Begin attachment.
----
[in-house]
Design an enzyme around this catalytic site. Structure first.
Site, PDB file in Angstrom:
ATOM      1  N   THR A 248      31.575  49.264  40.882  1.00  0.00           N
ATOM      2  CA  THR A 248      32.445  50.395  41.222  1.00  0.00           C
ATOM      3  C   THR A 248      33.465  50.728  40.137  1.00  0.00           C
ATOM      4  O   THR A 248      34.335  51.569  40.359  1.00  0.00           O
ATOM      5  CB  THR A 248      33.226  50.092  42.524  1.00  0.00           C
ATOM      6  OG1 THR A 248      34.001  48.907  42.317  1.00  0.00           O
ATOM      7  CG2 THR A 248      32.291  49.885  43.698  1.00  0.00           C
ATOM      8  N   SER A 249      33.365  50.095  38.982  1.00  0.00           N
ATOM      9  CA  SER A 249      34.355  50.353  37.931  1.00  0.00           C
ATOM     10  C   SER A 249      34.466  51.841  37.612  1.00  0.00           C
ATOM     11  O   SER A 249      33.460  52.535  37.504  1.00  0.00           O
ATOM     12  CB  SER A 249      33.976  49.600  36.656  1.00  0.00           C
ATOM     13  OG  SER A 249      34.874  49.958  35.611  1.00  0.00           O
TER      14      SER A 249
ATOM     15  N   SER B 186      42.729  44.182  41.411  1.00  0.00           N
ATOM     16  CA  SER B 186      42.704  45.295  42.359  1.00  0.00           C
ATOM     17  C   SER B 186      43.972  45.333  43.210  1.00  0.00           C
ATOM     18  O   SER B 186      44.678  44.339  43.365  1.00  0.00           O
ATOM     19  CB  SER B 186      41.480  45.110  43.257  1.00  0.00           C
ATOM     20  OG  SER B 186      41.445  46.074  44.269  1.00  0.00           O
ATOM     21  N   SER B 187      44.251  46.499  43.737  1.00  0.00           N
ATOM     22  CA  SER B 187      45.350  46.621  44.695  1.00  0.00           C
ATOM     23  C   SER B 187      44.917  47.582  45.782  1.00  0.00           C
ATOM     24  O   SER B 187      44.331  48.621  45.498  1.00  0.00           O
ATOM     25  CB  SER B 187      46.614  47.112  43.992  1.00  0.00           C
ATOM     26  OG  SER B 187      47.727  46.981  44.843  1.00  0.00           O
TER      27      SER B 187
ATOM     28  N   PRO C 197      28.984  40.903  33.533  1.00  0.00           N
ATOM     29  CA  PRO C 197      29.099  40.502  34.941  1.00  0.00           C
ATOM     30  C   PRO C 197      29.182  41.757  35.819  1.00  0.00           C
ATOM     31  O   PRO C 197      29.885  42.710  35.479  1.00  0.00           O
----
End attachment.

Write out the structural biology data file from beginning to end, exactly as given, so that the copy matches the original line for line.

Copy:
[in-house]
Design an enzyme around this catalytic site. Structure first.
Site, PDB file in Angstrom:
ATOM      1  N   THR A 248      31.575  49.264  40.882  1.00  0.00           N
ATOM      2  CA  THR A 248      32.445  50.395  41.222  1.00  0.00           C
ATOM      3  C   THR A 248      33.465  50.728  40.137  1.00  0.00           C
ATOM      4  O   THR A 248      34.335  51.569  40.359  1.00  0.00           O
ATOM      5  CB  THR A 248      33.226  50.092  42.524  1.00  0.00           C
ATOM      6  OG1 THR A 248      34.001  48.907  42.317  1.00  0.00           O
ATOM      7  CG2 THR A 248      32.291  49.885  43.698  1.00  0.00           C
ATOM      8  N   SER A 249      33.365  50.095  38.982  1.00  0.00           N
ATOM      9  CA  SER A 249      34.355  50.353  37.931  1.00  0.00           C
ATOM     10  C   SER A 249      34.466  51.841  37.612  1.00  0.00           C
ATOM     11  O   SER A 249      33.460  52.535  37.504  1.00  0.00           O
ATOM     12  CB  SER A 249      33.976  49.600  36.656  1.00  0.00           C
ATOM     13  OG  SER A 249      34.874  49.958  35.611  1.00  0.00           O
TER      14      SER A 249
ATOM     15  N   SER B 186      42.729  44.182  41.411  1.00  0.00           N
ATOM     16  CA  SER B 186      42.704  45.295  42.359  1.00  0.00           C
ATOM     17  C   SER B 186      43.972  45.333  43.210  1.00  0.00           C
ATOM     18  O   SER B 186      44.678  44.339  43.365  1.00  0.00           O
ATOM     19  CB  SER B 186      41.480  45.110  43.257  1.00  0.00           C
ATOM     20  OG  SER B 186      41.445  46.074  44.269  1.00  0.00           O
ATOM     21  N   SER B 187      44.251  46.499  43.737  1.00  0.00           N
ATOM     22  CA  SER B 187      45.350  46.621  44.695  1.00  0.00           C
ATOM     23  C   SER B 187      44.917  47.582  45.782  1.00  0.00           C
ATOM     24  O   SER B 187      44.331  48.621  45.498  1.00  0.00           O
ATOM     25  CB  SER B 187      46.614  47.112  43.992  1.00  0.00           C
ATOM     26  OG  SER B 187      47.727  46.981  44.843  1.00  0.00           O
TER      27      SER B 187
ATOM     28  N   PRO C 197      28.984  40.903  33.533  1.00  0.00           N
ATOM     29  CA  PRO C 197      29.099  40.502  34.941  1.00  0.00           C
ATOM     30  C   PRO C 197      29.182  41.757  35.819  1.00  0.00           C
ATOM     31  O   PRO C 197      29.885  42.710  35.479  1.00  0.00           O